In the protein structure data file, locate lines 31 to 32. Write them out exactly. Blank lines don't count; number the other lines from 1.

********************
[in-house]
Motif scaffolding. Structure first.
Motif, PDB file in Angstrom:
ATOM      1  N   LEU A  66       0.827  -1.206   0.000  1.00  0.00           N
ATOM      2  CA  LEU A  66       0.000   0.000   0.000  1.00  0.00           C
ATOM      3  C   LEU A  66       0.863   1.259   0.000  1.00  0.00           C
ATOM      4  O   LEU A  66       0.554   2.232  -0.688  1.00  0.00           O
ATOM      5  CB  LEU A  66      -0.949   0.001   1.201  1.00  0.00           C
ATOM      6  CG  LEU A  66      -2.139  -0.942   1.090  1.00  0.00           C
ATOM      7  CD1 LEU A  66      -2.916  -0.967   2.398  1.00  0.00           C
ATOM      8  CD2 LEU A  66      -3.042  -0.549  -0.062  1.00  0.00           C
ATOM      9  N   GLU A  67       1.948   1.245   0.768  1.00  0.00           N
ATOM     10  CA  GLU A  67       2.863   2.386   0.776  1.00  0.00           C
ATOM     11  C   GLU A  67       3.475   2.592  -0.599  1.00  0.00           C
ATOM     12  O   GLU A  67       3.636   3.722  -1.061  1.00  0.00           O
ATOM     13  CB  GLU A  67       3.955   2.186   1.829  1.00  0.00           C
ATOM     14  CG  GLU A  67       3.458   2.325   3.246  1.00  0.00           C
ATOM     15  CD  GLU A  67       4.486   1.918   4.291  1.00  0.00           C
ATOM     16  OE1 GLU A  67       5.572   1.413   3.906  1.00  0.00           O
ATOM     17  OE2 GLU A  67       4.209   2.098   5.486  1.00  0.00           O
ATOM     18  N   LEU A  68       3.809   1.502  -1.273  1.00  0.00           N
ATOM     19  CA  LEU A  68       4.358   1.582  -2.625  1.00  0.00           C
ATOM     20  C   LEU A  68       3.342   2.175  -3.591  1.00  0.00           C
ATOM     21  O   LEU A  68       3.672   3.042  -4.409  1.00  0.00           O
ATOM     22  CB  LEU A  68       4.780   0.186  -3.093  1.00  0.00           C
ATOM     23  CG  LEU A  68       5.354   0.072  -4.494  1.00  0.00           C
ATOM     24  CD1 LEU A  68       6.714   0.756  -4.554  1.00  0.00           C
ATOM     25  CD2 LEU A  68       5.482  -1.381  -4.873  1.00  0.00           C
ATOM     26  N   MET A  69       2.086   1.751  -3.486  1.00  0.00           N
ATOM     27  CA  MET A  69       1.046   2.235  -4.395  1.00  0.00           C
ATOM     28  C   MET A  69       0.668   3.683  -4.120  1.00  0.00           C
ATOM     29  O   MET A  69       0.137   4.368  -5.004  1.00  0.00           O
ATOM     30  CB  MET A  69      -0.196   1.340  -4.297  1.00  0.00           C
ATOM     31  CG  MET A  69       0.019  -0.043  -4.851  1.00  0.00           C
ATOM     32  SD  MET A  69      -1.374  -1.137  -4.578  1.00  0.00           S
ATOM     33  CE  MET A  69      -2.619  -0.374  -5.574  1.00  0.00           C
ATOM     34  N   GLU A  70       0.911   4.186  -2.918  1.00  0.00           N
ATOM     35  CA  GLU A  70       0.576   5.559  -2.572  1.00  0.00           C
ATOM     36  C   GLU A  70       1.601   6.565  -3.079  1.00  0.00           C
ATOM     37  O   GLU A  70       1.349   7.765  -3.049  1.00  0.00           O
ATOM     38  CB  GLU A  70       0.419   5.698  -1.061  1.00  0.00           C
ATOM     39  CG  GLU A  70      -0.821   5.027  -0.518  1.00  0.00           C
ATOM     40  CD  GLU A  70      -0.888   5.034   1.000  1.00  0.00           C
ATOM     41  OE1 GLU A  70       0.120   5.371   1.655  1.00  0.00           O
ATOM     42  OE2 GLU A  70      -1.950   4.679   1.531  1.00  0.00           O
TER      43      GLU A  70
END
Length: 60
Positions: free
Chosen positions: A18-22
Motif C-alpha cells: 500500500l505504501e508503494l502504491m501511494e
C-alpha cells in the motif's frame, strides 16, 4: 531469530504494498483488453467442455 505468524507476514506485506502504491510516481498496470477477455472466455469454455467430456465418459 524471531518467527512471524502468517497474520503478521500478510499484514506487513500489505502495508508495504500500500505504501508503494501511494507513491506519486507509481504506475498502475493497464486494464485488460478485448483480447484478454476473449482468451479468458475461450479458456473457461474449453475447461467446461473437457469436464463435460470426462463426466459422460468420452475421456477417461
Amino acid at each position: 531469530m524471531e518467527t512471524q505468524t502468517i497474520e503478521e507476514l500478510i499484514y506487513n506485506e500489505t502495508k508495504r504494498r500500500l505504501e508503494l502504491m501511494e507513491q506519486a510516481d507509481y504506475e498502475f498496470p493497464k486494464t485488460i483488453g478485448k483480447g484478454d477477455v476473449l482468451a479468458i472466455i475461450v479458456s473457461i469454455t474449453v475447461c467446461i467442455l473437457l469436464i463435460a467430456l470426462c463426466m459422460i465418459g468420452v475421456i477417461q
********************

ATOM     28  C   MET A  69       0.668   3.683  -4.120  1.00  0.00           C
ATOM     29  O   MET A  69       0.137   4.368  -5.004  1.00  0.00           O